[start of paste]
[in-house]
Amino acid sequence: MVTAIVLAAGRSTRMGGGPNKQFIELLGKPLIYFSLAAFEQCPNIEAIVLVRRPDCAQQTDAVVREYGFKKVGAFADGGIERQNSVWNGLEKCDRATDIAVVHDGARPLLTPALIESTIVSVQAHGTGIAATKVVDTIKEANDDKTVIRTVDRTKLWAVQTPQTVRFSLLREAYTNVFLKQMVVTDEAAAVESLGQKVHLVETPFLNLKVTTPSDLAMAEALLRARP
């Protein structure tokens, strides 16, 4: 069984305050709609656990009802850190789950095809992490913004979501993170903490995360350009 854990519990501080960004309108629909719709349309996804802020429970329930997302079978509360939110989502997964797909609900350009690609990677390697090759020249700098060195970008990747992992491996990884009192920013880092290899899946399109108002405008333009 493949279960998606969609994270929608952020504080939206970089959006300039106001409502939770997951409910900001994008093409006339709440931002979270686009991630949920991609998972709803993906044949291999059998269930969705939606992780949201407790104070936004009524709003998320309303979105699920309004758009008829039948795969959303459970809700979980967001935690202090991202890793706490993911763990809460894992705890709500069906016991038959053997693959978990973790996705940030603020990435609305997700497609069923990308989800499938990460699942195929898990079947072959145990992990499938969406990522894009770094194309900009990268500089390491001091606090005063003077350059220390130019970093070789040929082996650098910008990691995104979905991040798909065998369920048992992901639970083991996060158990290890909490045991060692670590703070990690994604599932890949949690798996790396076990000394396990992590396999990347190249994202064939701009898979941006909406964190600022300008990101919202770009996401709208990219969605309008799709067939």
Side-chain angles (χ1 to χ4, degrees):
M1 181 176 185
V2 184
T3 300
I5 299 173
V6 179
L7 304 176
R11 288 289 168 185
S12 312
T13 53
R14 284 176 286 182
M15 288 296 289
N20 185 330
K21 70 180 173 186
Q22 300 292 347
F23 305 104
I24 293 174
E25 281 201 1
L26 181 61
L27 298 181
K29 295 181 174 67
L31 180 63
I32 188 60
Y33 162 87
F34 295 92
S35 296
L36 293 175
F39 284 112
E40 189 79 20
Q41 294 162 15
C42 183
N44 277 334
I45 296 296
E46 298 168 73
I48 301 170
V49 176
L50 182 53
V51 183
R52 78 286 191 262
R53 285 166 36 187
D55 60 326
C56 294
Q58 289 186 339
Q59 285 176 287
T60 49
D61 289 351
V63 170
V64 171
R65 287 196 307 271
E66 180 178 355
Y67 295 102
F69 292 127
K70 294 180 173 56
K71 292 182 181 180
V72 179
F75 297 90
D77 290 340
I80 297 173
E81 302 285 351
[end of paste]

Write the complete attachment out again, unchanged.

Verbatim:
[in-house]
Amino acid sequence: MVTAIVLAAGRSTRMGGGPNKQFIELLGKPLIYFSLAAFEQCPNIEAIVLVRRPDCAQQTDAVVREYGFKKVGAFADGGIERQNSVWNGLEKCDRATDIAVVHDGARPLLTPALIESTIVSVQAHGTGIAATKVVDTIKEANDDKTVIRTVDRTKLWAVQTPQTVRFSLLREAYTNVFLKQMVVTDEAAAVESLGQKVHLVETPFLNLKVTTPSDLAMAEALLRARP
């Protein structure tokens, strides 16, 4: 069984305050709609656990009802850190789950095809992490913004979501993170903490995360350009 854990519990501080960004309108629909719709349309996804802020429970329930997302079978509360939110989502997964797909609900350009690609990677390697090759020249700098060195970008990747992992491996990884009192920013880092290899899946399109108002405008333009 493949279960998606969609994270929608952020504080939206970089959006300039106001409502939770997951409910900001994008093409006339709440931002979270686009991630949920991609998972709803993906044949291999059998269930969705939606992780949201407790104070936004009524709003998320309303979105699920309004758009008829039948795969959303459970809700979980967001935690202090991202890793706490993911763990809460894992705890709500069906016991038959053997693959978990973790996705940030603020990435609305997700497609069923990308989800499938990460699942195929898990079947072959145990992990499938969406990522894009770094194309900009990268500089390491001091606090005063003077350059220390130019970093070789040929082996650098910008990691995104979905991040798909065998369920048992992901639970083991996060158990290890909490045991060692670590703070990690994604599932890949949690798996790396076990000394396990992590396999990347190249994202064939701009898979941006909406964190600022300008990101919202770009996401709208990219969605309008799709067939």
Side-chain angles (χ1 to χ4, degrees):
M1 181 176 185
V2 184
T3 300
I5 299 173
V6 179
L7 304 176
R11 288 289 168 185
S12 312
T13 53
R14 284 176 286 182
M15 288 296 289
N20 185 330
K21 70 180 173 186
Q22 300 292 347
F23 305 104
I24 293 174
E25 281 201 1
L26 181 61
L27 298 181
K29 295 181 174 67
L31 180 63
I32 188 60
Y33 162 87
F34 295 92
S35 296
L36 293 175
F39 284 112
E40 189 79 20
Q41 294 162 15
C42 183
N44 277 334
I45 296 296
E46 298 168 73
I48 301 170
V49 176
L50 182 53
V51 183
R52 78 286 191 262
R53 285 166 36 187
D55 60 326
C56 294
Q58 289 186 339
Q59 285 176 287
T60 49
D61 289 351
V63 170
V64 171
R65 287 196 307 271
E66 180 178 355
Y67 295 102
F69 292 127
K70 294 180 173 56
K71 292 182 181 180
V72 179
F75 297 90
D77 290 340
I80 297 173
E81 302 285 351